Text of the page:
The latest addition to my website is Nicole Krauss‘ Forest Dark. This is another superb novel from Krauss, telling two parallel stories. One is about Jules Epstein, a sixty-eight year old, divorced Jewish-American man who has made a lot of money but now feels disconnected from his present and finds the need to reconnect with both his personal past (his parents, in particular) and his Jewish past. The other story is about a novelist called Nicole whose failing marriage and writers’ block gives her an epiphany – a sense of being in two places at once but also in the forest dark (a quote from Dante). Both set off to Israel, Jules to reconnect with King David and leave a tribute to his parents, Nicole to reconnect with the Tel Aviv Hilton, where she was conceived and where she has spent many happy hours both as a child and adult, which she thinks might be the key to writing her next novel, but also to find Kafka. Both Jules and Nicole also get their own contemporary but somewhat oddball guides. It is a book about discovering one’s private past but also one’ collective past as well as finding our who we are now.
The latest addition to my website is Fiona Mozley‘s Elmet. There have been a lot of interesting novels coming out recently from young British women. I recently read Adelle Stripe‘s excellent Black Teeth and a Brilliant Smile, and here is another first-class novel set in Yorkshire. This novel surprised everybody by being nominated for the Man Booker longlist. It tells the story of a bare knuckle fighter, John, and his two teenage children, Daniel and Cathy, who live in a remote area of Yorkshire and live mainly off the land. However, they come up against an exploitative landowner and John takes the fight to him, leading to one of the most explosive endings in a début novel I have read. It is a wonderfully written novel and well deserving of its nomination and I for one would be very happy if it won.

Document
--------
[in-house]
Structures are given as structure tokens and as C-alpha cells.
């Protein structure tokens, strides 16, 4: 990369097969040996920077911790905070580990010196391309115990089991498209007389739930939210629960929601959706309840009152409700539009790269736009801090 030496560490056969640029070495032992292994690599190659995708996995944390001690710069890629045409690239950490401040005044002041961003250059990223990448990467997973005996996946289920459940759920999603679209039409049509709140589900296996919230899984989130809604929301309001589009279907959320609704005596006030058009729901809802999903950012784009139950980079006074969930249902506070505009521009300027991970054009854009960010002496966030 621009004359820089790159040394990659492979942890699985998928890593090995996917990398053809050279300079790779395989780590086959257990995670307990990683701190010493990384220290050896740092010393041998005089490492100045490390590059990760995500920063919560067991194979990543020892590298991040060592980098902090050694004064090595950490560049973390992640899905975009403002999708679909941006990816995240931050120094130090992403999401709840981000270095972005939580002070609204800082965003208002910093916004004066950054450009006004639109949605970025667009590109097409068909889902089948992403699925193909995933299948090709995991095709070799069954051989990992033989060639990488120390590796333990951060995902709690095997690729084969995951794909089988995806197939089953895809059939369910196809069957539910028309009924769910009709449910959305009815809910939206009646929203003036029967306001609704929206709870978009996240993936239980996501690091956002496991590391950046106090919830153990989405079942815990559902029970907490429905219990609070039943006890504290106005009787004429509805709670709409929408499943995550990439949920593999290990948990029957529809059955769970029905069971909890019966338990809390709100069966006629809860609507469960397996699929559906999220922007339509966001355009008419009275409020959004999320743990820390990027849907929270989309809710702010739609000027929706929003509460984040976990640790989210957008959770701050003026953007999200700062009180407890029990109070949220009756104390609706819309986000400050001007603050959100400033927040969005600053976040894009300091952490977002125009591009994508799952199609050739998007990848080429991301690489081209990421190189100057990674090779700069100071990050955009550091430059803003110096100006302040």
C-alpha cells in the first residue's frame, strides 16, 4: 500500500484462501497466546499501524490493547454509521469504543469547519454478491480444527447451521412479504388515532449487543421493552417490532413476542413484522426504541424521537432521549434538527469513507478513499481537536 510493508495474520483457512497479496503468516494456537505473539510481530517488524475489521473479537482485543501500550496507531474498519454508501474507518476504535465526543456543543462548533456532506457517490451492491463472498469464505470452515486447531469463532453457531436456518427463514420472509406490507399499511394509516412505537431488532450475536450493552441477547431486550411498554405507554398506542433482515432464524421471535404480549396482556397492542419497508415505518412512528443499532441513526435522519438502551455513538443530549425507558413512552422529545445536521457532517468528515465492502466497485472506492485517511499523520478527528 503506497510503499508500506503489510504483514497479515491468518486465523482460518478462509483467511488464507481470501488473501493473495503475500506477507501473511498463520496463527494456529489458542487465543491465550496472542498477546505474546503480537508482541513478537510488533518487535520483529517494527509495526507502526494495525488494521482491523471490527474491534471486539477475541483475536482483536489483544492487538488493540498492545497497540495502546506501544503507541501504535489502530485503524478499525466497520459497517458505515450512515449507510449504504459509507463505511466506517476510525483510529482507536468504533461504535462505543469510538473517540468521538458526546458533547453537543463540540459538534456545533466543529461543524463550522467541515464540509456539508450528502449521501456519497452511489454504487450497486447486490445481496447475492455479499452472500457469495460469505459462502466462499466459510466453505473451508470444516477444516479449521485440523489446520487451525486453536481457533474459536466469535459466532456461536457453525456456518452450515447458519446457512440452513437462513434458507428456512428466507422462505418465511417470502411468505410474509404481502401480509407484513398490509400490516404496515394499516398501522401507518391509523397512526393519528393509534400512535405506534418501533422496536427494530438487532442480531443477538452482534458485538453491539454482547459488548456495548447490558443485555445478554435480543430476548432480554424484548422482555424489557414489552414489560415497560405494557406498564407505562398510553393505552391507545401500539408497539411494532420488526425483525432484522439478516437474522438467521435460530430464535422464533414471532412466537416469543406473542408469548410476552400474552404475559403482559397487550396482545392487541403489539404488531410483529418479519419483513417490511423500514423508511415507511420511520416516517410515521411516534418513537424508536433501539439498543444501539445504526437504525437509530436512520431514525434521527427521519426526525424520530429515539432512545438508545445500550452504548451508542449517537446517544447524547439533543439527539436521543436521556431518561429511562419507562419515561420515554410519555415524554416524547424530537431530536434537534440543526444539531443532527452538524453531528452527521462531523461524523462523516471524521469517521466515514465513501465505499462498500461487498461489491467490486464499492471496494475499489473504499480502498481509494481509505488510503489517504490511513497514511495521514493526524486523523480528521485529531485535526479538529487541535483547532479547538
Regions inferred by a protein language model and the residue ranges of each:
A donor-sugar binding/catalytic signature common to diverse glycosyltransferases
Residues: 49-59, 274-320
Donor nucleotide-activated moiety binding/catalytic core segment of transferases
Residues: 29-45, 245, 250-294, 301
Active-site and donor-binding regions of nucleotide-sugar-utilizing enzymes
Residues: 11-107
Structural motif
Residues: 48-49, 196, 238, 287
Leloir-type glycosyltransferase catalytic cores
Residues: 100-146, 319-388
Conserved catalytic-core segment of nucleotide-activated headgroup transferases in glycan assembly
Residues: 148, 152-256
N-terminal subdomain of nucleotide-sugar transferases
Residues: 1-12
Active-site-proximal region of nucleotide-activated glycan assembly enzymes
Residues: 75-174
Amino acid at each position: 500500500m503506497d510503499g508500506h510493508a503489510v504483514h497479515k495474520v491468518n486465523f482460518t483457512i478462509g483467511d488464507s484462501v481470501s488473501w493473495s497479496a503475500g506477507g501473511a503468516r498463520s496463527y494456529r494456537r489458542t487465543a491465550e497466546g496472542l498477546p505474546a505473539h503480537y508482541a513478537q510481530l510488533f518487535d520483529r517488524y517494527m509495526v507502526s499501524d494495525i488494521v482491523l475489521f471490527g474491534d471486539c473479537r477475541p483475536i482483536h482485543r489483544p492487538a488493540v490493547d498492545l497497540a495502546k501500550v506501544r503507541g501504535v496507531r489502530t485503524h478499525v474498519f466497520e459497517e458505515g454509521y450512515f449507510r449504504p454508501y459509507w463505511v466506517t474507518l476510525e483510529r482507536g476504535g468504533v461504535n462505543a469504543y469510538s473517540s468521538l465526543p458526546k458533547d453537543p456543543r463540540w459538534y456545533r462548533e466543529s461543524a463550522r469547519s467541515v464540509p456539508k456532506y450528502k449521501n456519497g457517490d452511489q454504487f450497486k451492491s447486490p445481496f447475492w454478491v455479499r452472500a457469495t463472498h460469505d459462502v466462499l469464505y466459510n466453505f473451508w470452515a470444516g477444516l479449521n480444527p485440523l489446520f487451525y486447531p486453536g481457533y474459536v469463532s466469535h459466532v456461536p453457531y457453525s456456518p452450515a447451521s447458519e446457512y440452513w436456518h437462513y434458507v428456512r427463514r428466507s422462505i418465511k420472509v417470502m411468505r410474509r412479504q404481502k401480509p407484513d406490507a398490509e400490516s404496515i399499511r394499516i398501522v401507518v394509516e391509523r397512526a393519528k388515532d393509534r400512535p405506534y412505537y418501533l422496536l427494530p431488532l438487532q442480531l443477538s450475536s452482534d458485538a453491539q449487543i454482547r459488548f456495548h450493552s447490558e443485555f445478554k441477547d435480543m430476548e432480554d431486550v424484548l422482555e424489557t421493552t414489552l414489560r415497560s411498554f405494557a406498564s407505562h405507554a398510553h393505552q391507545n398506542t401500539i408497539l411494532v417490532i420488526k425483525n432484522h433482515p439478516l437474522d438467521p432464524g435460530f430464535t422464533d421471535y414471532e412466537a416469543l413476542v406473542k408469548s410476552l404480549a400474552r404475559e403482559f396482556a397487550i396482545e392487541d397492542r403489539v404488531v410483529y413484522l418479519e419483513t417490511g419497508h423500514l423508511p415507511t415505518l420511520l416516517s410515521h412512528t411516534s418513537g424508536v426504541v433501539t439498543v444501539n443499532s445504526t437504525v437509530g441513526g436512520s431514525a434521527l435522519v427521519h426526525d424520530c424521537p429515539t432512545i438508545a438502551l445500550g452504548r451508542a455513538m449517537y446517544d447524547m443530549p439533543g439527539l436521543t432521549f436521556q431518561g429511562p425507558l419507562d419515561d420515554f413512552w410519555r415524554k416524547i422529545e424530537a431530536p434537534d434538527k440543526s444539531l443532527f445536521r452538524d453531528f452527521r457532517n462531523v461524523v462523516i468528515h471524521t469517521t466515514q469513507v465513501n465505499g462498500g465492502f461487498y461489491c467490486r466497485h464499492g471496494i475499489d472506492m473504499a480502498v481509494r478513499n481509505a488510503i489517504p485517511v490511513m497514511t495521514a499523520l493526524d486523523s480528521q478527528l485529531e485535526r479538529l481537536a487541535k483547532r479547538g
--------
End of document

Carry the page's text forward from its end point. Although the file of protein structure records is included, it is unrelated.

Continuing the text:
The latest addition to my website is Nicole Krauss‘ The History of Love. This is an excellent book about creativity and authorship, about the Holocaust and about who we are. Leo Gursky was in love with Alma back in Slonim (variously in Poland and Russia). Her father paid for her to go to the USA before the Nazis arrived but Leo did not escape in time. However, he managed to hide out and emigrated to the USA after the war. Meanwhile, Alma, thinking him dead, had married. Leo had written three books before the war. The History of Love, however, was a novel apparently written by Zvi Litvinoff and only available in Spanish, about a woman called Alma. The connection between these characters, the novel and Alma Singer, who is named after the Alma of the novel, forms the basis for the complicated plot.
The latest addition to my website is Minae Mizumura‘s 母の遺産 (Inheritance of Mother). This is a feminist novel, about the changing role of women in Japan. We follow three generations of Japanese women, who all have their own problems, caused or exacerbated by their sex. We mainly follow Mitsuki and her older sister Natsuki who are dealing with the illness and then death of their mother, Noriko. Mitsuki, in particular, feels the responsibility she has for looking after her ailing mother, even while she learns that her husband is having an affair and planning on leaving her. But we step back to Noriko and to Noriko’s mother, who both struggled against the contemporary mores regarding the role of women. Things may have improved, but it still is not easy for women in Japan. This is another first-class work by Mizumura.
The latest addition to my website is Jean Stafford‘s The Mountain Lion, a semi-autobiographical novel with the two main characters, brother and sister Roger and Molly Fawcett, being based on Stafford and her brother Dick, who were very close, as are Ralph and Molly. The Fawcetts live in California. Mr. Fawcett is dead but his family are well-off. His widow, Rose, also lost her father when she was young and her mother remarried a rough cattle rancher, Mr. Kenyon, who visits annually. When he dies on one visit, the family get to know, Claude, the only child of his marriage to Rose’s mother, and Molly and Ralph spend the summers at his ranch. The story is mainly about how Ralph drifts away from Molly, wanting to become more manly in imitation of Claude, culminating in the hunt for a mountain lion, while Molly becomes more interested in literature. In many respects, it is a very sad story but very well-told.